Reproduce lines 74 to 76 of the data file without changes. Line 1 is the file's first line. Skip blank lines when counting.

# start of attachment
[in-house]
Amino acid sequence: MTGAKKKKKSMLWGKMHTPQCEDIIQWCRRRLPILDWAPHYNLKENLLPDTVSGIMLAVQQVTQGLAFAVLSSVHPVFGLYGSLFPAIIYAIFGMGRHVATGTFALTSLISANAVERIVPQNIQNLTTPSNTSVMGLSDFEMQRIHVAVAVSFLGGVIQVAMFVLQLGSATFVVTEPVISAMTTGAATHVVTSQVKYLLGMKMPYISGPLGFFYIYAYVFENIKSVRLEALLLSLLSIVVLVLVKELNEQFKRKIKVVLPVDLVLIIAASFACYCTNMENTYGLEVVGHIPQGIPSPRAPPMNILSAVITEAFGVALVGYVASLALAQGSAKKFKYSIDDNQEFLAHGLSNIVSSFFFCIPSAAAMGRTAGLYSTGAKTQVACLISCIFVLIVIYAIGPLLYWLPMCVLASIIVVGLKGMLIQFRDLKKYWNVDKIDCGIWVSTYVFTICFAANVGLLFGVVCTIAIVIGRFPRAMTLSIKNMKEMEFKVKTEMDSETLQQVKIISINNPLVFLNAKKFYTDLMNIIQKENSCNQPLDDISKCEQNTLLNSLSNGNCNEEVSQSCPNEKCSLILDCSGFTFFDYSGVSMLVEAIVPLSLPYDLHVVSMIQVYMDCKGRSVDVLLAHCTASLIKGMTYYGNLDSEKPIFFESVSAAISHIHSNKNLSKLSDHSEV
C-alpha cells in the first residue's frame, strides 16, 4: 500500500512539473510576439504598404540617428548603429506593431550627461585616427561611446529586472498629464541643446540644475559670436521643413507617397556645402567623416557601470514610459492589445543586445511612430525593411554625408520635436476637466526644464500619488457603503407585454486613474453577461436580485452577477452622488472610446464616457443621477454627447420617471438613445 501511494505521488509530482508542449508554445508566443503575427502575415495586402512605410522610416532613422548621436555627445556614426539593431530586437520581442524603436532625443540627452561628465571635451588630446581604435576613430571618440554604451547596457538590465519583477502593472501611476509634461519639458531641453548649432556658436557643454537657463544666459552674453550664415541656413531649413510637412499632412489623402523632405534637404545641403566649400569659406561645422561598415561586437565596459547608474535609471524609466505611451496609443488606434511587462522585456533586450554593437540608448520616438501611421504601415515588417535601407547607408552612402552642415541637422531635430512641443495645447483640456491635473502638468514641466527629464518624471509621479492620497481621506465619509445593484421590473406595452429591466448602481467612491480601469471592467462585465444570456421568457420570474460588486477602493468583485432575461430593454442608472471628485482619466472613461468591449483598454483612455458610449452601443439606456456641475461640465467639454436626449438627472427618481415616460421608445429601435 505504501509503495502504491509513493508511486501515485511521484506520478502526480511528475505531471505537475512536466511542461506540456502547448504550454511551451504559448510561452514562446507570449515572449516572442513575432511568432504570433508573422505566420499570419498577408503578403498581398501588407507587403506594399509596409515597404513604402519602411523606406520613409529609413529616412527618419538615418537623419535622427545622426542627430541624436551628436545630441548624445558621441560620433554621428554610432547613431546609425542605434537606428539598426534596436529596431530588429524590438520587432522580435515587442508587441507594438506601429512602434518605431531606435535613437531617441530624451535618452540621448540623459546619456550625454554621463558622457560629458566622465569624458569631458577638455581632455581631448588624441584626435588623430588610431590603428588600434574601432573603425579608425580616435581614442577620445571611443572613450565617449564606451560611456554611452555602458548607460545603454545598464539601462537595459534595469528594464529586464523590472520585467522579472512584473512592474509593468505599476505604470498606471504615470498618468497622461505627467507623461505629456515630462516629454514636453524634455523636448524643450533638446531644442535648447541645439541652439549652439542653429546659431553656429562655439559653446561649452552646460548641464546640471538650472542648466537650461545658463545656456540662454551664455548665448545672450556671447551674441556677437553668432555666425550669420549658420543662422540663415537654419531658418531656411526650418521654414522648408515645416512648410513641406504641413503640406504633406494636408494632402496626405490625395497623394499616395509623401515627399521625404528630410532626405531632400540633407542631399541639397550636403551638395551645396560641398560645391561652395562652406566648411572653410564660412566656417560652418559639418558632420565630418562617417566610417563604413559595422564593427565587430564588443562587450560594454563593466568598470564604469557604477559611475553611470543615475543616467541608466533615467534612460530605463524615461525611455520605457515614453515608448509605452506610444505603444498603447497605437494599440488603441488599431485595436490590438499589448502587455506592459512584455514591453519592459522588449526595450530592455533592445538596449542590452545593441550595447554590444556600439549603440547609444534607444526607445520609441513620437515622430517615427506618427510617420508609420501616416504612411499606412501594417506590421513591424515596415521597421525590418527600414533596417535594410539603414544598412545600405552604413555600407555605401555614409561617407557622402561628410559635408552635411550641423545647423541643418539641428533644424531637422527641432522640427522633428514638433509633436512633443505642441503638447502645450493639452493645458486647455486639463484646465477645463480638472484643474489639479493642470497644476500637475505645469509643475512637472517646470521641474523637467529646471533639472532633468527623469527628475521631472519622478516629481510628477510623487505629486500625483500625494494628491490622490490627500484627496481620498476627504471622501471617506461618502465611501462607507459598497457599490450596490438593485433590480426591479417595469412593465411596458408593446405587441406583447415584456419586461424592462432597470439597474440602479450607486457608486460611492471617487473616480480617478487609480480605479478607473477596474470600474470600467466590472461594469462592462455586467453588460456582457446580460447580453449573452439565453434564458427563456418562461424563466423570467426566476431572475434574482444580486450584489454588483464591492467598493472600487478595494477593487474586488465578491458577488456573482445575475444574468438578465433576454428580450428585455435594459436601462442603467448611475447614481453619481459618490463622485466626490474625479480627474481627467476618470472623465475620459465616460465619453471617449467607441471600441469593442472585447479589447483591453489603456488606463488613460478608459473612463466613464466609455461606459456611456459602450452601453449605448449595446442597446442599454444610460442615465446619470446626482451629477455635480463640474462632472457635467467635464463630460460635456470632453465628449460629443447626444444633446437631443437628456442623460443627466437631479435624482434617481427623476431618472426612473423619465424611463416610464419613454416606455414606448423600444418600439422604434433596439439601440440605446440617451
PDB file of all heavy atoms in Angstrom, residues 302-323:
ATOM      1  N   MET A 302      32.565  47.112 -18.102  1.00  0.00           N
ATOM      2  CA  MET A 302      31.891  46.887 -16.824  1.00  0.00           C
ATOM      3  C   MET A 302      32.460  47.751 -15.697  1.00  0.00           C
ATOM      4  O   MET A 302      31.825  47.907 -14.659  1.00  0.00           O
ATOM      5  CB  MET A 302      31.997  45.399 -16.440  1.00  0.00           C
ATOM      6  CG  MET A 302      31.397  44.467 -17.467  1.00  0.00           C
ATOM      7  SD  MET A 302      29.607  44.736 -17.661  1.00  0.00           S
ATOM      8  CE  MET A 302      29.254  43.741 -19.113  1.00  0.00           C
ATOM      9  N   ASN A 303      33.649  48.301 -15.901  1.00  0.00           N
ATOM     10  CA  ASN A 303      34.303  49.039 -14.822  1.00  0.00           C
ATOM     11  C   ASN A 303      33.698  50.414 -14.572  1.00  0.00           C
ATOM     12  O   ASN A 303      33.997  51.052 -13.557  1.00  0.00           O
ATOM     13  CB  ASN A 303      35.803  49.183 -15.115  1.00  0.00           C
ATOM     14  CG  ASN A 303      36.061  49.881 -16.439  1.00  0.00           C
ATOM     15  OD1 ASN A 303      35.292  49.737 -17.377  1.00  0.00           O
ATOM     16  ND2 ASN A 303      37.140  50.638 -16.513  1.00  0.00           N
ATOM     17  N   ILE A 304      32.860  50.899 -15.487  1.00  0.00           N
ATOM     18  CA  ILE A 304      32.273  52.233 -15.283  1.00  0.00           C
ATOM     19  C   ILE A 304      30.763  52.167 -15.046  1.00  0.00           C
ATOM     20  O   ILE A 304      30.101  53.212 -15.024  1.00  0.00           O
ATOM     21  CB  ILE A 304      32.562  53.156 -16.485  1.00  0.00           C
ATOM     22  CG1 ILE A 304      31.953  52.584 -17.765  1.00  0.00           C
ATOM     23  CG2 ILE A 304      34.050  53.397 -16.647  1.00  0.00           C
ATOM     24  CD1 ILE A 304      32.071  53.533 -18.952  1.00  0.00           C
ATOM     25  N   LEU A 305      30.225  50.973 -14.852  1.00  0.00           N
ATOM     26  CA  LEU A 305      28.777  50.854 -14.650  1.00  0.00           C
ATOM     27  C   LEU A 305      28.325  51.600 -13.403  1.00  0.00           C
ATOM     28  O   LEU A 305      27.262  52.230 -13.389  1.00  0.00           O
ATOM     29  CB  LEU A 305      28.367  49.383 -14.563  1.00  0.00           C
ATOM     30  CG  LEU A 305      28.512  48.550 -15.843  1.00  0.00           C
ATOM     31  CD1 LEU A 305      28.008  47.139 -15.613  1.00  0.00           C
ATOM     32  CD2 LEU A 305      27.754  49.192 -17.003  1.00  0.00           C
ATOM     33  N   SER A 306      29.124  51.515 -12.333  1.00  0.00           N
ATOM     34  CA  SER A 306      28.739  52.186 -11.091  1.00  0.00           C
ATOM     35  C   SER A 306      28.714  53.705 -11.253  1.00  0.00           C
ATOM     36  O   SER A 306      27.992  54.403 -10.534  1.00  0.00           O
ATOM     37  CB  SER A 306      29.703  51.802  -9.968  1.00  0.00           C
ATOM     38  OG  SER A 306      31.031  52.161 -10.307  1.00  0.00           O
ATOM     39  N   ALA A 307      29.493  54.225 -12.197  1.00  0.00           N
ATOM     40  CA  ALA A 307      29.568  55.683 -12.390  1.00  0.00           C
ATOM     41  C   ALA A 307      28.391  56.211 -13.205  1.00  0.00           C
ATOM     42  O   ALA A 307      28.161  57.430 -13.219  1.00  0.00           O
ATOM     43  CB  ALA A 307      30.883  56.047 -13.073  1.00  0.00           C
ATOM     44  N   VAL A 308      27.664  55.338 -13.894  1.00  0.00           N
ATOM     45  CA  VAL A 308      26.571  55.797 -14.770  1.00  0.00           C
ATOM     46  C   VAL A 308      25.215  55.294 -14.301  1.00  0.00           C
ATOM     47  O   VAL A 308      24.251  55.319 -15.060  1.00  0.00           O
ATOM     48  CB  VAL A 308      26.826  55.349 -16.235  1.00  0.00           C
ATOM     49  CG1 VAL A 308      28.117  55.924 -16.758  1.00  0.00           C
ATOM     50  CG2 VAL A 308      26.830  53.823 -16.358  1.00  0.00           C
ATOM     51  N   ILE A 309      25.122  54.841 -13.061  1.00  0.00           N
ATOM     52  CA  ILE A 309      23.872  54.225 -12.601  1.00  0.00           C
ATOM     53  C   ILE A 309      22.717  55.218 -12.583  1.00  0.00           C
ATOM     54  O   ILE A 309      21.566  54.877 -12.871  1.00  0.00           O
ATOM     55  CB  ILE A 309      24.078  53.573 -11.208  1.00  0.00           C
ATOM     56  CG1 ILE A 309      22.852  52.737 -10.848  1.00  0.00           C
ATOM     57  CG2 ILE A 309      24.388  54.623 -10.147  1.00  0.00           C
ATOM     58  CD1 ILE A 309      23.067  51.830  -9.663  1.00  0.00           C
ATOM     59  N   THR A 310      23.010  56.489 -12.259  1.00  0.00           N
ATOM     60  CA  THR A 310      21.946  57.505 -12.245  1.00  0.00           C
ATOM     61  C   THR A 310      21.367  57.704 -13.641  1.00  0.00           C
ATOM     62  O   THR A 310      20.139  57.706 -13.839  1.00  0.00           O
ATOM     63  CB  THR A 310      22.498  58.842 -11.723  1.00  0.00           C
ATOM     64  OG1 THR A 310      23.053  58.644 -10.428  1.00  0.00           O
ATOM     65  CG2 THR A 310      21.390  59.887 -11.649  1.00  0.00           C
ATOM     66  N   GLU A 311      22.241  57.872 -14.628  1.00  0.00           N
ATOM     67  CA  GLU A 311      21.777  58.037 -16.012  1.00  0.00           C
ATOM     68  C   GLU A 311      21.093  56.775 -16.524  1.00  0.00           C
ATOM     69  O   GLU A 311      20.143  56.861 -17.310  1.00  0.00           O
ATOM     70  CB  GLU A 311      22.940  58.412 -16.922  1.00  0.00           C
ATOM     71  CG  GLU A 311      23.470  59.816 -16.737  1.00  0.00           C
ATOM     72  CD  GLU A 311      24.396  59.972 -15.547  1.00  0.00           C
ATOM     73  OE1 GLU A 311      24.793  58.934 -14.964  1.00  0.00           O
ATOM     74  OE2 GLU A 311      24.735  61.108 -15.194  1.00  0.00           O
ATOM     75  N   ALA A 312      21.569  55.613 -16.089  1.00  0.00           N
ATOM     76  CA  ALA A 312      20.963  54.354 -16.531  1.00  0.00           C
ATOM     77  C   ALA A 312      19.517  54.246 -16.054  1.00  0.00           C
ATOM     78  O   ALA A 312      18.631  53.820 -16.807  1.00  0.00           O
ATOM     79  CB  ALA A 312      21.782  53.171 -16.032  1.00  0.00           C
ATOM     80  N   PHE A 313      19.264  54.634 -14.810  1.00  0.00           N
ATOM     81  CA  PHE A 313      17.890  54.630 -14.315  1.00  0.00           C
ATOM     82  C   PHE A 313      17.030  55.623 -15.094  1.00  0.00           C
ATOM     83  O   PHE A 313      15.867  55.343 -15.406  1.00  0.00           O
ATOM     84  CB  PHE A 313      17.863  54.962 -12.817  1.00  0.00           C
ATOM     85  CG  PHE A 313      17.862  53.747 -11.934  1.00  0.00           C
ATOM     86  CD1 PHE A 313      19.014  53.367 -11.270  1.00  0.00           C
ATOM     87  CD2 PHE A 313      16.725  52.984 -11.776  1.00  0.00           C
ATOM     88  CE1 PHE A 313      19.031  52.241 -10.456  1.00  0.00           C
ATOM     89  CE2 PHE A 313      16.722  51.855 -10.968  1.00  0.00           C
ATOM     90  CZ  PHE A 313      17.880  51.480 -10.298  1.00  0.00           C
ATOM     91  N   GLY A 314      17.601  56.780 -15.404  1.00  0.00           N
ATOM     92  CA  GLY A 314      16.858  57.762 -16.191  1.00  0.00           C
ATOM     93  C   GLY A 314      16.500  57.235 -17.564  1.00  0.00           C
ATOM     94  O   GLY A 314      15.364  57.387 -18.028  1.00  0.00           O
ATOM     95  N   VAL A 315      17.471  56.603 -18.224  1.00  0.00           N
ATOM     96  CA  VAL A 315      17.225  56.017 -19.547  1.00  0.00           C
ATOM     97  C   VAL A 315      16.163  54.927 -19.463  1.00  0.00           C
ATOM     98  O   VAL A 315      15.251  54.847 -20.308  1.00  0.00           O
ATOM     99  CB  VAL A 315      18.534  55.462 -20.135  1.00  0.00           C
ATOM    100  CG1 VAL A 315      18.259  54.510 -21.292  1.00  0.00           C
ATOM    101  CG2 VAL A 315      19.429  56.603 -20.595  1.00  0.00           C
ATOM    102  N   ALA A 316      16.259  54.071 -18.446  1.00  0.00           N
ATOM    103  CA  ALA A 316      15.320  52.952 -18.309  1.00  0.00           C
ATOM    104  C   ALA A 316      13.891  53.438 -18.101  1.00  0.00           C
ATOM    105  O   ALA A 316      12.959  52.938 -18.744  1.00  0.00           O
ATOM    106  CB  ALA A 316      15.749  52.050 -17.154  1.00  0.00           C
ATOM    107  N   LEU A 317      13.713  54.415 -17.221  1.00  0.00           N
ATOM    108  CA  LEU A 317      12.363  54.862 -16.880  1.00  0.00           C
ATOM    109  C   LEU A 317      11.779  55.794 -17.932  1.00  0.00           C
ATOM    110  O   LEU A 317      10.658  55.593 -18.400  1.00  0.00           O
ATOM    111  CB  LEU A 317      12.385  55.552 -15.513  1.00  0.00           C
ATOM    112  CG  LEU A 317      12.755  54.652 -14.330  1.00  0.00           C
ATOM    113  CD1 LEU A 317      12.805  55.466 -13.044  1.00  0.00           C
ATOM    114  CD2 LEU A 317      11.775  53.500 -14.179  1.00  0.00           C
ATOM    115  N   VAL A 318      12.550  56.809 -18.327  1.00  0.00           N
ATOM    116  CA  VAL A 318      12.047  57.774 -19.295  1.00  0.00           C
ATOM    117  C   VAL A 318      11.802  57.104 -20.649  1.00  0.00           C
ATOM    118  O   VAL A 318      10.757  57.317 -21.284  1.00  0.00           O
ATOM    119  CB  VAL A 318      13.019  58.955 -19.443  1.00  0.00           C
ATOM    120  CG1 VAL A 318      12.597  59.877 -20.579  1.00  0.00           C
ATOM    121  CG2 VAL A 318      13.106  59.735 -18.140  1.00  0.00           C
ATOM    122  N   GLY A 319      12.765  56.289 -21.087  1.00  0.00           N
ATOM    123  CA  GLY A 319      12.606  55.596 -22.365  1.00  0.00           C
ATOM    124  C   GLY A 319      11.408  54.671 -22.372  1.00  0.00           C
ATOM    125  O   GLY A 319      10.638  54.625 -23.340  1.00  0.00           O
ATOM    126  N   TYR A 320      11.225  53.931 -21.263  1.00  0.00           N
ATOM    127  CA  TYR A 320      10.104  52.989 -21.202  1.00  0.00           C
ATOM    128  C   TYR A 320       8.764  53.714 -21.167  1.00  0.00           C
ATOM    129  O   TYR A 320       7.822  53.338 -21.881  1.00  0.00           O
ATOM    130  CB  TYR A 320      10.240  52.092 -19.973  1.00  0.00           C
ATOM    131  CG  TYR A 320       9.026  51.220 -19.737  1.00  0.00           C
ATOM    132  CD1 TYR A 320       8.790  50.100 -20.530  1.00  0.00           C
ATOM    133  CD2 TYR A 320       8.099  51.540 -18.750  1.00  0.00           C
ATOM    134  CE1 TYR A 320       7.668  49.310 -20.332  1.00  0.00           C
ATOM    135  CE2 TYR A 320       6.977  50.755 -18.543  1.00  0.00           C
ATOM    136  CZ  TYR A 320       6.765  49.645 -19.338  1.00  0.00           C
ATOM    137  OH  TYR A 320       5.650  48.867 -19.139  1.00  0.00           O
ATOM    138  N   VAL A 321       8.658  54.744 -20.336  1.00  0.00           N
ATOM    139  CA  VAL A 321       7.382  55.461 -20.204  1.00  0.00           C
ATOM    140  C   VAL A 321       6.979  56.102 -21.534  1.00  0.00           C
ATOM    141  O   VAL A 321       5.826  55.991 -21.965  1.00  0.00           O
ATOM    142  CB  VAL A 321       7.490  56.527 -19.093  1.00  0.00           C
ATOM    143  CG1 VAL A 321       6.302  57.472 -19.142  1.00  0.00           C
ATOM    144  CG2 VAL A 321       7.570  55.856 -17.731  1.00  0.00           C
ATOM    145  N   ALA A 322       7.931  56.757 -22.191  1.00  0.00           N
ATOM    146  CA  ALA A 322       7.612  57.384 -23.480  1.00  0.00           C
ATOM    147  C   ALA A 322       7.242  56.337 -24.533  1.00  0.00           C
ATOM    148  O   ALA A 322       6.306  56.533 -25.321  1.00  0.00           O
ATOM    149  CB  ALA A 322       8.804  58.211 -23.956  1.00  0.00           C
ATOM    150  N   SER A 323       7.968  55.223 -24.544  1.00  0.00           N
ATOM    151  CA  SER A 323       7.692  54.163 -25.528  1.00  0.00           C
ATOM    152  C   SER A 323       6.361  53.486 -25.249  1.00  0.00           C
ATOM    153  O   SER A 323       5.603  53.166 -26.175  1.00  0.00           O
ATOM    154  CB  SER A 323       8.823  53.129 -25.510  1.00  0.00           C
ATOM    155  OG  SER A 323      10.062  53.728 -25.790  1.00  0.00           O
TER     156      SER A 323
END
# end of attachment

ATOM     70  CB  GLU A 311      22.940  58.412 -16.922  1.00  0.00           C
ATOM     71  CG  GLU A 311      23.470  59.816 -16.737  1.00  0.00           C
ATOM     72  CD  GLU A 311      24.396  59.972 -15.547  1.00  0.00           C